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Section 6: HMA Overlays

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6.1 Structural Overlays

For flexible pavements, structural hot-mix overlay thicknesses are designed using FPS 21 design, option 6. Currently, the only department-approved rational method for design of structural HMA overlays on rigid pavements is by using the appropriate overlay option in DARWin® 3.1 (AASHTO 93). An M-E based program incorporating findings of the balanced mix design approach (research project 0-5123) is available in consultation with CST-M&P. In considering the actual overlay thickness, guidelines established for lift thickness based on the type of mix / nominal maximum aggregate size must be followed. In addition, the type of mix selected should complement the overall structure in terms of resilience, durability, permeability, texture, etc.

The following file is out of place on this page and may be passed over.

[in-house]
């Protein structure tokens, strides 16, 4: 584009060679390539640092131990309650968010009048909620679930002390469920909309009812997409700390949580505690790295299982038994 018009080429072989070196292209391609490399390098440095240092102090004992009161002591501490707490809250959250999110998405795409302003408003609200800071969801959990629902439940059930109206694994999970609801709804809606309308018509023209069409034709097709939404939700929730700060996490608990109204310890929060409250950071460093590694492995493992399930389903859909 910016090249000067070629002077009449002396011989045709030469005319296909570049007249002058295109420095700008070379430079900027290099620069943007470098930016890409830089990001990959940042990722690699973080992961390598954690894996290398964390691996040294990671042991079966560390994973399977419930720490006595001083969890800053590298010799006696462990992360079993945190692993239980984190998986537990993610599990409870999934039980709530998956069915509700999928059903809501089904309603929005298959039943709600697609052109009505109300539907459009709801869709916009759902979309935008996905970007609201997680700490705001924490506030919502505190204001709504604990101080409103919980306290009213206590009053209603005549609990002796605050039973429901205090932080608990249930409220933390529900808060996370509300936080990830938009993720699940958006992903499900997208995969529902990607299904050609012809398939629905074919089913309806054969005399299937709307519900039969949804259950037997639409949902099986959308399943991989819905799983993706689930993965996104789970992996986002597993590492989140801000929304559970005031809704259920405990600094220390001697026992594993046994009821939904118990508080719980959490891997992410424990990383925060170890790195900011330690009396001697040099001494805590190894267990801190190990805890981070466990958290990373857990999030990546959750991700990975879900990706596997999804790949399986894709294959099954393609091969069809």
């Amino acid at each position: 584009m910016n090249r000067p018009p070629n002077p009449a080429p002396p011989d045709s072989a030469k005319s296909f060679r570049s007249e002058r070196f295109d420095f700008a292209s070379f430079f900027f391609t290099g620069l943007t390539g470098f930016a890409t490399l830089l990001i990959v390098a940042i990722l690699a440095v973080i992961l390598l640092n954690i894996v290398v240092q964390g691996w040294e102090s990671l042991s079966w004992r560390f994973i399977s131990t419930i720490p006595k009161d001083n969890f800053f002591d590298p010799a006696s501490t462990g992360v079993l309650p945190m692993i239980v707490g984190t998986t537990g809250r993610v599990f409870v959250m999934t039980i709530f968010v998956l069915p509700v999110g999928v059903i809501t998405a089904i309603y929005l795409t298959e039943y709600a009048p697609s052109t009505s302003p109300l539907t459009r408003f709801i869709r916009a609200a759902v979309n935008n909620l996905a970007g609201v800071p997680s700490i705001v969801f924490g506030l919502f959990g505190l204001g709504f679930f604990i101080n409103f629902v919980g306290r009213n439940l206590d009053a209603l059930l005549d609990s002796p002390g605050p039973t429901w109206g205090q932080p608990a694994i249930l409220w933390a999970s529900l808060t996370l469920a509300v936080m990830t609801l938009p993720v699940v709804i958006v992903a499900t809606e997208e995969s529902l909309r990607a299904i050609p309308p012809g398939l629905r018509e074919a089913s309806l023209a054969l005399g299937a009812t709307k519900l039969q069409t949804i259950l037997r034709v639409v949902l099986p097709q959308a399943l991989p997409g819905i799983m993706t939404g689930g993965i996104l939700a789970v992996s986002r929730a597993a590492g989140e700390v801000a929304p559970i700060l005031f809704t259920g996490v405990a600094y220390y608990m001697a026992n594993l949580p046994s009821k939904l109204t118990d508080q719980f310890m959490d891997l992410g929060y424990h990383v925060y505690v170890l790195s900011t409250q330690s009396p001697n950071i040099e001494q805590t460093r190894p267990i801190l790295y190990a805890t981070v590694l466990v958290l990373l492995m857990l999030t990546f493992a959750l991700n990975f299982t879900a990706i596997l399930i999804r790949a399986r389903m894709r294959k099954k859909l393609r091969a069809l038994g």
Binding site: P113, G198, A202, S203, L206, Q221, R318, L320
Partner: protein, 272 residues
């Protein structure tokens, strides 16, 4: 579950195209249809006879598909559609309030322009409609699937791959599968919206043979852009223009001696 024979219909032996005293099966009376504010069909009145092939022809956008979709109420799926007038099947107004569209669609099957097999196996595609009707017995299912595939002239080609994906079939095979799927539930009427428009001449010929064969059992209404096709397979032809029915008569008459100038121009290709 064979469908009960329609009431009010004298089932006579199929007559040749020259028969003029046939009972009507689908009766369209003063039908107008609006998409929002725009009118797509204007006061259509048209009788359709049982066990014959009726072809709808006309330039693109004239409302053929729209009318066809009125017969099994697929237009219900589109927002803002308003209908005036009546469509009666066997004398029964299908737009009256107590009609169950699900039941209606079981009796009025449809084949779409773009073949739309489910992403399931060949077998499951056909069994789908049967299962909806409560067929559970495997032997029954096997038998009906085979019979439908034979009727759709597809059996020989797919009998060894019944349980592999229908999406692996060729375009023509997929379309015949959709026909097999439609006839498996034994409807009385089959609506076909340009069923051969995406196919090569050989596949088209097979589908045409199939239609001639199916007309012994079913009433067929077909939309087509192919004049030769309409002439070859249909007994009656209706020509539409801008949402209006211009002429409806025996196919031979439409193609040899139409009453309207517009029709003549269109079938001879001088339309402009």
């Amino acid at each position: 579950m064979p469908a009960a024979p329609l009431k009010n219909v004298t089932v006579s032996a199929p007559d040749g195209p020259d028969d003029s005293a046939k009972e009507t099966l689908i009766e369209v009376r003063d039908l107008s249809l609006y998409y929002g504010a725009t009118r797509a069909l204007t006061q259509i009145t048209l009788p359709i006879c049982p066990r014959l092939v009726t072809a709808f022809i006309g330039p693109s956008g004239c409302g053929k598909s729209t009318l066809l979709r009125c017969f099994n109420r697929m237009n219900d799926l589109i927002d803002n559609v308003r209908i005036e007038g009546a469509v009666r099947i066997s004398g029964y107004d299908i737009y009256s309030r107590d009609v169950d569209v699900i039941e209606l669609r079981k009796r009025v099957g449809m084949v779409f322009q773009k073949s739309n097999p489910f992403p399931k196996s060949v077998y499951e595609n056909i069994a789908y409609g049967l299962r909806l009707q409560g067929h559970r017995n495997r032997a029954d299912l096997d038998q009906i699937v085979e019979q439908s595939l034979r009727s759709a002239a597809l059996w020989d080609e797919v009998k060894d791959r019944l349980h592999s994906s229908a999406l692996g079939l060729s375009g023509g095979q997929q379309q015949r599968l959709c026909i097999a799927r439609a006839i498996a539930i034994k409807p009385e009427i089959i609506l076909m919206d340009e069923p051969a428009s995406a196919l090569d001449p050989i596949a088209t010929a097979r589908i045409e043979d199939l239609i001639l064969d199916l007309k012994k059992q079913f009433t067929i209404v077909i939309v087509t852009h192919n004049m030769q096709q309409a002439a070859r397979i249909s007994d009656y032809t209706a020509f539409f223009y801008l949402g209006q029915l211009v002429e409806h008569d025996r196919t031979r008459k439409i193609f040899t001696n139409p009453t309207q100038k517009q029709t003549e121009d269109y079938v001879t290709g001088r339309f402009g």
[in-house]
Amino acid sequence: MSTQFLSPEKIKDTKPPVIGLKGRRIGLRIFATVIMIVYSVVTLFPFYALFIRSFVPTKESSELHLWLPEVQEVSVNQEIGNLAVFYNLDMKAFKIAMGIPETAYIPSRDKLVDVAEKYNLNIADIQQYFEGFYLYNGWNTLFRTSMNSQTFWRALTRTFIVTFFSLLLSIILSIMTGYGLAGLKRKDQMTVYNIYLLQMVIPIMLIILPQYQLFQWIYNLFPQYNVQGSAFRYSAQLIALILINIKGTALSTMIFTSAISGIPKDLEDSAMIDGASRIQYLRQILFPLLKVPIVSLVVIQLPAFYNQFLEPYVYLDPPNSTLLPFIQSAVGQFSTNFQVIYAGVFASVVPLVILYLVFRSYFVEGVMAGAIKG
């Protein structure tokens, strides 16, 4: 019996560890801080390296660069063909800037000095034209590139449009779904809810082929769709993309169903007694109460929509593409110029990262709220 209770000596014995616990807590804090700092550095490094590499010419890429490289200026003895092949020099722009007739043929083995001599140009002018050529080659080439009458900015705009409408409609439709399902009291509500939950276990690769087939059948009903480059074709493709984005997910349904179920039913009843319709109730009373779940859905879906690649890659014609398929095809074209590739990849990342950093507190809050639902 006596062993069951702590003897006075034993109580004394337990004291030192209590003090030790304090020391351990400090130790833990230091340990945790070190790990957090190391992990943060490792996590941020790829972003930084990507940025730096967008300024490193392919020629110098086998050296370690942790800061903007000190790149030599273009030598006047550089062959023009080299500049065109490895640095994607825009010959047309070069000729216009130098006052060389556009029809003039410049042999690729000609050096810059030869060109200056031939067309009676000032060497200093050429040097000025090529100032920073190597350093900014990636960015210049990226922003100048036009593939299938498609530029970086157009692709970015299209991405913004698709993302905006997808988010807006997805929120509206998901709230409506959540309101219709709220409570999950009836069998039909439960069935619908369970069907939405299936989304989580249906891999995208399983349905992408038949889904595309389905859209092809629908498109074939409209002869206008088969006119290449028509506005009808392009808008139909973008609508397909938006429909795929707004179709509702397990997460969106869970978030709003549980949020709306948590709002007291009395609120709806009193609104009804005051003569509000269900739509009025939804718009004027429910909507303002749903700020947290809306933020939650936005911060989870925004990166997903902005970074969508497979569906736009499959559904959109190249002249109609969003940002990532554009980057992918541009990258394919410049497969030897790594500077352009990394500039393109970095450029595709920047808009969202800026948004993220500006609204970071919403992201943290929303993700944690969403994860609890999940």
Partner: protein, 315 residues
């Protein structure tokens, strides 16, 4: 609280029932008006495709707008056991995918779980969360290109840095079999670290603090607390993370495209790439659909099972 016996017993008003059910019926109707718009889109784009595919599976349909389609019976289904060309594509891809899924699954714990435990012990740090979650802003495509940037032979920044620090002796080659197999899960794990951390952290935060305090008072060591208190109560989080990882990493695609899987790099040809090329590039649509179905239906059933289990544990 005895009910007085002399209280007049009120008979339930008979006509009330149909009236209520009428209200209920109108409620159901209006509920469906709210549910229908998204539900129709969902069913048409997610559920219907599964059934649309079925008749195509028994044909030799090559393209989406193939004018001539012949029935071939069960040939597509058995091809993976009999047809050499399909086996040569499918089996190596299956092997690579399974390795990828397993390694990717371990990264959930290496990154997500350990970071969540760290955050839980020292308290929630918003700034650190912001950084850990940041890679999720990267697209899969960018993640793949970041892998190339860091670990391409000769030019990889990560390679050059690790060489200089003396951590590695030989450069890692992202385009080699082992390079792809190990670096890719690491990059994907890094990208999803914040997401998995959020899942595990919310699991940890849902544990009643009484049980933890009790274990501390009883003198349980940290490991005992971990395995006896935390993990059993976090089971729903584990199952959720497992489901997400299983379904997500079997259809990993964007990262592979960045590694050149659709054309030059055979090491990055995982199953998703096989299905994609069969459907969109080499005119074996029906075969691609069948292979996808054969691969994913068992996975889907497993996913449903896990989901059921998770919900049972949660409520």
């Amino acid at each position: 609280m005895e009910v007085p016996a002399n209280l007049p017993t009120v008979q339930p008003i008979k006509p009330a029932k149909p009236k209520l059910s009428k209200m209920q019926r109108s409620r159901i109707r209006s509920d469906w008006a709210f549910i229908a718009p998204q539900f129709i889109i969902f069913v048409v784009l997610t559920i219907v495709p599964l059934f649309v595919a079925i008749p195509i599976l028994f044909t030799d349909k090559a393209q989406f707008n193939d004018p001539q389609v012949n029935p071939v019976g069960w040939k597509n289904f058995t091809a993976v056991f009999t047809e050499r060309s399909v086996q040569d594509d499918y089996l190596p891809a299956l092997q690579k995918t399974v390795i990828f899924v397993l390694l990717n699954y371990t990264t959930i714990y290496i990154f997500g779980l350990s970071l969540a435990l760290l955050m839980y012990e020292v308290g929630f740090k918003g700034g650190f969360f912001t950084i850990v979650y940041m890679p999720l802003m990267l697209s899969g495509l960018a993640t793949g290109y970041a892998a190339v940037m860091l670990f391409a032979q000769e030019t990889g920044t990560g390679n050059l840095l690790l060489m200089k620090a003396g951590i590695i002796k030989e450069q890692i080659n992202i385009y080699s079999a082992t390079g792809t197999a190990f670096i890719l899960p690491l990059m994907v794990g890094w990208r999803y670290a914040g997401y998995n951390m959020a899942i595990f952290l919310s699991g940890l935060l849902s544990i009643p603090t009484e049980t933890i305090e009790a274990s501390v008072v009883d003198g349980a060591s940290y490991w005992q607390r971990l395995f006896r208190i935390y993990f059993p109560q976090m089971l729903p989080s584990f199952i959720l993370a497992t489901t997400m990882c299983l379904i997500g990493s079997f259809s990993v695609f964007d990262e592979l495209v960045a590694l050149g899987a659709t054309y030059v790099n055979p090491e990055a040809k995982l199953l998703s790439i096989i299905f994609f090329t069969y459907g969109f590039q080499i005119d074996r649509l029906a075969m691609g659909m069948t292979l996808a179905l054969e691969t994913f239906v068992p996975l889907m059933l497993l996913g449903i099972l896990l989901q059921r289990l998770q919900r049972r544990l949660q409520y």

A reasonable investigation of the condition of the existing substructure and hot-mix on the project must be made to ensure the desired performance of the structural overlay. In addition to deflection measurements, ground penetrating radar (GPR), when combined with selective coring, is a rapid method of determining the depth and extent of delamination or stripping problems. Where rutting-susceptible mixes exist in the old structure, if these mixes are within 4 in. of the newly overlaid surface, the chance of renewed rutting originating in the old mix will still exist (zone of high shear and compression). Evaluation of road cores for rutting and stripping susceptibility using Tex-242-E (Hamburg) should be used if in doubt. Even if there is no evidence of current stripping, it is advisable to evaluate the existing material for stripping susceptibility; experience has shown that stripping problems often start only after the new overlay is placed. There are also certain surface materials that should not be overlaid, including plant-mix seal or permeable friction courses (open-graded friction courses). Where poor substructure is located, full-depth repair should be accomplished prior to the overlay. In the case of Portland cement concrete (PCC) pavements, a determination must be made into the uniformity of the underlying support. The total pavement acceptance device (TPAD) has been a useful tool in identifying areas of low support. Slabs must be prevented from moving by stabilizing the material beneath them. This involves drilling holes in an unstable PCC slab or section and injecting an asphaltic, cementitious, or high-density polymer material to fill any underlying voids. Typically, this method is only an option for isolated instances of instability. It does not work well as a general roadway treatment. Application of a stress absorbing membrane interlayer such as the crack attenuating mixture (CAM) may be useful in retarding reflective cracking when overlaying jointed concrete pavements. CAM is a fine mix that is designed for cracking resistance using the overlay tester or flexural beam fatigue. The mix is typically placed 1 in. thick and should be covered with an adequate overlay thickness to provide adequate resistance to rutting (2.0 in. minimum is recommended).